EndNotes

Monkee bites: one more damn thing to worry about

My nephew recently deployed to Afganistan. So this is one more thing to worry about while he's there. Fresh from the Centers for Disease Control and Prevention: "If you were to list all the dangers faced by U.S. military personnel serving in Afghanistan, your list would be long, but would it include monkey bites? It should. The U.S. Army recently examined this risk and found that in just four months, 10 service members were bitten by monkeys. And there may have been more, unreported, bites. Most monkeys were pets owned by Afghan National Security Forces and Afghan civilians, so the risk of being bitten could increase as U.S. forces work more closely with these Afghan people. Monkey bites can spread rabies, tetanus or other bacterial infections, or B-virus infection to humans. Bites can be minimized by enforcing military policies that prohibit pet adoption and animal contact, and secondary infections can be reduced by providing better training to military health care providers on how to treat animal bites."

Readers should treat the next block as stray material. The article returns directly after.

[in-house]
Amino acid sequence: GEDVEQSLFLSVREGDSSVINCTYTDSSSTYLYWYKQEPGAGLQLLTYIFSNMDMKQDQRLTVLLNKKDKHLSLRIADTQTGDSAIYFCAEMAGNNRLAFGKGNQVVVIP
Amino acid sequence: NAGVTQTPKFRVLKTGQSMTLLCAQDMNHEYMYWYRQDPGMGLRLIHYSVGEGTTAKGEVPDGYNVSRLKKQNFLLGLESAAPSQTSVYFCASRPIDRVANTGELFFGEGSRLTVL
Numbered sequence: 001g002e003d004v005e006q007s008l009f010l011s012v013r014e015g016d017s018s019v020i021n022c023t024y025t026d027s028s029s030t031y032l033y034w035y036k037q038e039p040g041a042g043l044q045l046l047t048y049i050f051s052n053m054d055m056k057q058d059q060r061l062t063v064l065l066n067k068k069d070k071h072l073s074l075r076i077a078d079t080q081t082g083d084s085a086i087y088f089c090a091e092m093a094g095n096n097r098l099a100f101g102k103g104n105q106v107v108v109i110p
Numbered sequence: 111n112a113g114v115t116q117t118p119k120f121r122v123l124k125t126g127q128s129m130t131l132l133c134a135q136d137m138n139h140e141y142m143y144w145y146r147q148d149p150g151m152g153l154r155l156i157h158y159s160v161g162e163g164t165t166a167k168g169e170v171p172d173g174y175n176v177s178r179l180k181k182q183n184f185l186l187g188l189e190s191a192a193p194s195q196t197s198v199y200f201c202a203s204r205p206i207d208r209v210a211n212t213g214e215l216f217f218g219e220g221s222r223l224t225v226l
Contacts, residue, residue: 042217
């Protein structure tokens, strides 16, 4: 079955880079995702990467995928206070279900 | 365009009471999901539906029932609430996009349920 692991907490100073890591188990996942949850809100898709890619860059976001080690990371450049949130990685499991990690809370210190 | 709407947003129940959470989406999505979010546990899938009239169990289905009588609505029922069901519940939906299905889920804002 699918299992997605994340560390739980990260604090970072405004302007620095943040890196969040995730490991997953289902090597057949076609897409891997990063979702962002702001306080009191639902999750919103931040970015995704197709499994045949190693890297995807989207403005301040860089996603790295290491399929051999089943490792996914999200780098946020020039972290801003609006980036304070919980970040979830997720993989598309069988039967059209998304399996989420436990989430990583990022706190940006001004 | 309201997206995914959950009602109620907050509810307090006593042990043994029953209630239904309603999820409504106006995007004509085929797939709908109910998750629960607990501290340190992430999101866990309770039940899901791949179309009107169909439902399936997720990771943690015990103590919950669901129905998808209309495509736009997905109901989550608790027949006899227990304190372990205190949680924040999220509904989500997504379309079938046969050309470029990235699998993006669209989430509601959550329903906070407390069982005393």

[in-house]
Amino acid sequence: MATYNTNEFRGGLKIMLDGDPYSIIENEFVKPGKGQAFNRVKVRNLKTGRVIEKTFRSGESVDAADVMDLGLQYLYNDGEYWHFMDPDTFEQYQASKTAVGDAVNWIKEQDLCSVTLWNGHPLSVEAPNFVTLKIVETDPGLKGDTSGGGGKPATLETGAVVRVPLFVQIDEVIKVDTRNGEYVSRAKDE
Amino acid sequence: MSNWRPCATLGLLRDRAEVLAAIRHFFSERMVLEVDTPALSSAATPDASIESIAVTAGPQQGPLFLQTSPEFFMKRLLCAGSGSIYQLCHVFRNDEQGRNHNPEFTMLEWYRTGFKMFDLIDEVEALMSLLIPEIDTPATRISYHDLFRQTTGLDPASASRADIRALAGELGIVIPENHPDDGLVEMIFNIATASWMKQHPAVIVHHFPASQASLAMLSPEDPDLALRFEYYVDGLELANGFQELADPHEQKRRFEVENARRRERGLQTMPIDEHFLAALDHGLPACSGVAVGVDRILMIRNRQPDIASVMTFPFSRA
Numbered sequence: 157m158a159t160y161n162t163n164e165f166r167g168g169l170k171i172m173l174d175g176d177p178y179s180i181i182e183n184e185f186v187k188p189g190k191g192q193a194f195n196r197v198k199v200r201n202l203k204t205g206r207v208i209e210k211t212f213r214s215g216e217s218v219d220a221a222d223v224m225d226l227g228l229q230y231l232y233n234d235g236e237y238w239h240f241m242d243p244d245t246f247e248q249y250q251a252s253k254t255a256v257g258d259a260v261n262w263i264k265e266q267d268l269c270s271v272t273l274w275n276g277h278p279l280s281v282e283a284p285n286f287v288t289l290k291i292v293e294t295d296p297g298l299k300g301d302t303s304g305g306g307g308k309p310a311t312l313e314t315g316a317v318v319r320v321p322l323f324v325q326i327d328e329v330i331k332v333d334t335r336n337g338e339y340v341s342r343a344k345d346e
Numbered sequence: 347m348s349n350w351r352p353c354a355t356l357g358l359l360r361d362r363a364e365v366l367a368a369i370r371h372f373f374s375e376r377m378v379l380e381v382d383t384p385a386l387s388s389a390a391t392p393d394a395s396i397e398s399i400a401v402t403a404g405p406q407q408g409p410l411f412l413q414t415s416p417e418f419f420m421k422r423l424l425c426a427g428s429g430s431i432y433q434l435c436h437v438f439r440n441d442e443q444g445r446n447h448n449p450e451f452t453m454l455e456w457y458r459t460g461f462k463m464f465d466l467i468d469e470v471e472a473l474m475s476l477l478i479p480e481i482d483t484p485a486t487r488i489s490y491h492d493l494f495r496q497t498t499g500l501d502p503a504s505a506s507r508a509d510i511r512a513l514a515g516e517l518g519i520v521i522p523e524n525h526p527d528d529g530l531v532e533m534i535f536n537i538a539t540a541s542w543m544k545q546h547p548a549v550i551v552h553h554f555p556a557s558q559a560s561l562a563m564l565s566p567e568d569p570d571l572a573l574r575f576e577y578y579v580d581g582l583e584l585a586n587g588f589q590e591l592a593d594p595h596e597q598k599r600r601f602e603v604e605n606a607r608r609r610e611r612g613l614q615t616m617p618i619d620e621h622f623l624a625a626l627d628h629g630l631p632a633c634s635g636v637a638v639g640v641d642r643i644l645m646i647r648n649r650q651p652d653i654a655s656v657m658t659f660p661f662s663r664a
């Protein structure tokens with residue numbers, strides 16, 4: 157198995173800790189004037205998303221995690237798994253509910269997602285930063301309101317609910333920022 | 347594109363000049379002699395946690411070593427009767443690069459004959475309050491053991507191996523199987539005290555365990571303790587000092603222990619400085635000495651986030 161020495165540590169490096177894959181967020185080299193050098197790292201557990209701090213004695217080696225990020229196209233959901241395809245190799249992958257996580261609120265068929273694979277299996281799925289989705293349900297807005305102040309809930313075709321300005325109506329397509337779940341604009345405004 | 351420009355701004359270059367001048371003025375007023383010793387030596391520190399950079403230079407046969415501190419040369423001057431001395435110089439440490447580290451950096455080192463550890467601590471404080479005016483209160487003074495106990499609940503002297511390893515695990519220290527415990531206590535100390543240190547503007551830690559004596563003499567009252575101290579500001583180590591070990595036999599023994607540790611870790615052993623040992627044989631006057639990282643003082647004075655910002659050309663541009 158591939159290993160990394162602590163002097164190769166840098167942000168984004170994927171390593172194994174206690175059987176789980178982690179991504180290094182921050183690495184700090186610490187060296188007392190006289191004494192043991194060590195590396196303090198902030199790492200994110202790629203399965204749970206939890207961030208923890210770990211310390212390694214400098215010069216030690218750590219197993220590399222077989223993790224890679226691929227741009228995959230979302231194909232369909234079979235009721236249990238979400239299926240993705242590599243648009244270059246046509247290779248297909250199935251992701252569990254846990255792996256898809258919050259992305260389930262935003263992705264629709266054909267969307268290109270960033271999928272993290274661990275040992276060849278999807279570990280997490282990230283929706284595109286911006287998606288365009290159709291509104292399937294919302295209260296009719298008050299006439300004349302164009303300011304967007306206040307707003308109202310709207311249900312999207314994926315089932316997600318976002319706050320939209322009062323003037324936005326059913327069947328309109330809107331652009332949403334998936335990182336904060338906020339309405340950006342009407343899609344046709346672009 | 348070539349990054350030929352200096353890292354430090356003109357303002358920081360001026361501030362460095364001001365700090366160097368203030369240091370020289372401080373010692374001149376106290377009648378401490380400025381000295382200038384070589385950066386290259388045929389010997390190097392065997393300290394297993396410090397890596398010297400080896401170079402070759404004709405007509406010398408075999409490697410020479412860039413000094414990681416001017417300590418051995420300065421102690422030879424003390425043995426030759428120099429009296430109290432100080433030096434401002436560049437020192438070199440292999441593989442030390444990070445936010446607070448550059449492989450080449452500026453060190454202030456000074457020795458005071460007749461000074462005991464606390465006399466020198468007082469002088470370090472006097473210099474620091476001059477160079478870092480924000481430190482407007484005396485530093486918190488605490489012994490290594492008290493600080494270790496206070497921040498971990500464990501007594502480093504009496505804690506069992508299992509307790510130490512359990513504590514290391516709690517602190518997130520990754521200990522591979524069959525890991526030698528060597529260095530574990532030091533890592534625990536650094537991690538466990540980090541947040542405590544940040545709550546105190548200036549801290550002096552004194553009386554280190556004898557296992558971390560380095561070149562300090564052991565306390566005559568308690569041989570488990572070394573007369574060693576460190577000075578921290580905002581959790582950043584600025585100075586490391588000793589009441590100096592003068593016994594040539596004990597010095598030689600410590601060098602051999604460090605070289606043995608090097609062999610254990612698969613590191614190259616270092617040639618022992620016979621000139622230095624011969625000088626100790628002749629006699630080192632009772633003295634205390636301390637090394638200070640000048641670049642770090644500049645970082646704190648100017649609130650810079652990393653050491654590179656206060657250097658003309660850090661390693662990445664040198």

You must be logged in to post comments. Please log in here or click the comment box below for options.

comments powered by Disqus
« Back to EndNotes

Spokesman-Review features writer Rebecca Nappi, along with writer Catherine Johnston of Olympia, Wash., discuss here issues facing aging boomers, seniors and those experiencing serious illness, dying, death and other forms of loss.






Close

Sections


Profile

Close

Contact the Spokesman

Main switchboard:
(509) 459-5000
(800) 338-8801
Newsroom:
(509) 459-5400
(800) 789-0029
Customer service:
(800) 338-8801